Short Tilte:Use of the Beck Depression Inventory for assessing depression in patients hospitalized with severe burn Disentangling symptoms of depression from injury and treatment factors
Journal:Burns : Journal of the International Society for Burn Injuries
Year, Volume, Issue, Page(s):07, 33, 5, 547-553
The objective of this study was to assess whether scores on the Beck Depression Inventory
(BDI) are biased by injury severity among hospitalized survivors of burn (N = 262). A confirmatory
factor analysis (CFA) model was developed with a general depression factor that
loaded on all items and somatic and cognitive factors that were orthogonal to the general
factor and to each other. The model fit the data well and substantially better than an
alternative three-factor model with correlated factors. Percent total body surface area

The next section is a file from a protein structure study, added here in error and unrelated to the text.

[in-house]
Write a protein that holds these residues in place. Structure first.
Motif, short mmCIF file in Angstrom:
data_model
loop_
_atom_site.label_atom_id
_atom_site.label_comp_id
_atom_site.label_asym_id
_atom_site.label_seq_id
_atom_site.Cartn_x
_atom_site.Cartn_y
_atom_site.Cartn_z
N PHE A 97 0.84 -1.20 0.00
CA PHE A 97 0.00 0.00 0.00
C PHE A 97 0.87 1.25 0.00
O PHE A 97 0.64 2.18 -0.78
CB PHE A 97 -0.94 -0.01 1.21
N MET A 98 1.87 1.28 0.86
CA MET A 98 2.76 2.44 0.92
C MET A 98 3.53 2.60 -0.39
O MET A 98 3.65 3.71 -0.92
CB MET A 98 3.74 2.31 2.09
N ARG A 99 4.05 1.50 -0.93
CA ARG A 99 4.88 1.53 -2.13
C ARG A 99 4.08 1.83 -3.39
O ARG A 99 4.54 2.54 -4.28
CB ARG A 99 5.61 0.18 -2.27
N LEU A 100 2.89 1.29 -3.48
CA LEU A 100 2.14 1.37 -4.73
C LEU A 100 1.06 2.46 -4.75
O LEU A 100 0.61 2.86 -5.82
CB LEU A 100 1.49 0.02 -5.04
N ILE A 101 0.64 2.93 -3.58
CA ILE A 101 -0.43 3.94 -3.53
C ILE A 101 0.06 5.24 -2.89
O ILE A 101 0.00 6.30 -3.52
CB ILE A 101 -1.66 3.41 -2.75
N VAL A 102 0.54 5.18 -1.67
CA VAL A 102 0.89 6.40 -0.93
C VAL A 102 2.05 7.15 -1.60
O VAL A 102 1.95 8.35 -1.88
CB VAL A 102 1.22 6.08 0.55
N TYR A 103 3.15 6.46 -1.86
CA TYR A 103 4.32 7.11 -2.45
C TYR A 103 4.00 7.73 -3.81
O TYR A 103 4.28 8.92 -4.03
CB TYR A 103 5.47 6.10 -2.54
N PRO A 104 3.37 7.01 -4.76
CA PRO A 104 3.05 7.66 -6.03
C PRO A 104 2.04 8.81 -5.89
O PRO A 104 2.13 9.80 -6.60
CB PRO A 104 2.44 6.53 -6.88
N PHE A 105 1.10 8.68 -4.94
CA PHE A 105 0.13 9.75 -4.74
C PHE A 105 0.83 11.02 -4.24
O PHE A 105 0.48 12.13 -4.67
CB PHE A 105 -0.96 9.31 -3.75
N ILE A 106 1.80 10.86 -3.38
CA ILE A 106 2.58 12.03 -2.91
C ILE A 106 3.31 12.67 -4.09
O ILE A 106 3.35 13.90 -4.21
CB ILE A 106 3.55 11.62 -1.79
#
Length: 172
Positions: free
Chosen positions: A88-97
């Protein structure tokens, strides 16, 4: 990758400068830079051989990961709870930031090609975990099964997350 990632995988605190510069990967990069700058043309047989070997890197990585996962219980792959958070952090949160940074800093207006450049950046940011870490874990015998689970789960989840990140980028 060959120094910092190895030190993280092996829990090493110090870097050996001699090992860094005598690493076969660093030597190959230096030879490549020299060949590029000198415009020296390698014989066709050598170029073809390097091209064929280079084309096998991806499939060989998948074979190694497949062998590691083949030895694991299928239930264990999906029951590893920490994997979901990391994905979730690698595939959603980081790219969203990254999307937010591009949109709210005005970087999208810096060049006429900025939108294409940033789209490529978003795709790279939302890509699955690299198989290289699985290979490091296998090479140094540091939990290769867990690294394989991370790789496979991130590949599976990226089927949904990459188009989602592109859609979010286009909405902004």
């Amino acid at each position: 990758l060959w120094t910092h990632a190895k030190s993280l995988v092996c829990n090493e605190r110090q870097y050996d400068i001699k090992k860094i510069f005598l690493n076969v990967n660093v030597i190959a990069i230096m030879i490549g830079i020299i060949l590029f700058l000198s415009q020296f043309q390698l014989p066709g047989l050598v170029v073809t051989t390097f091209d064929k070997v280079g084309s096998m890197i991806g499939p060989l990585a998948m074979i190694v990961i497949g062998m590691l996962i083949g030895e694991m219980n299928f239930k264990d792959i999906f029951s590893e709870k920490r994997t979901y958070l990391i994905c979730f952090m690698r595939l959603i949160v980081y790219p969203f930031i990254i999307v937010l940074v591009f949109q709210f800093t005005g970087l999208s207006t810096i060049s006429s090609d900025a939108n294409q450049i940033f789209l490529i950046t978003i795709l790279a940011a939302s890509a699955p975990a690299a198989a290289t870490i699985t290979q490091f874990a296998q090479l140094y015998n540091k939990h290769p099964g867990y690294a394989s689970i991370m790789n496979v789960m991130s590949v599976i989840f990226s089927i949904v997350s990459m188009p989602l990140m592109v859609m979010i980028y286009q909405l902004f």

burned (TBSA) was significantly associated with the general depression factor ( p = .04),
but also with the orthogonal somatic factor ( p to overlap between somatic symptoms of depression and the severity of the burn injury.
Analysis of item communalities, however, suggested that only approximately 2% of total
predicted item variance was associated with bias related to injury severity. It was concluded
that, despite a small amount of bias, the BDI is a reasonably accurate clinical tool even in the
context of severe burn. Appropriate adjustments for bias, however, should be made in
research with the BDI among patients with acute burn.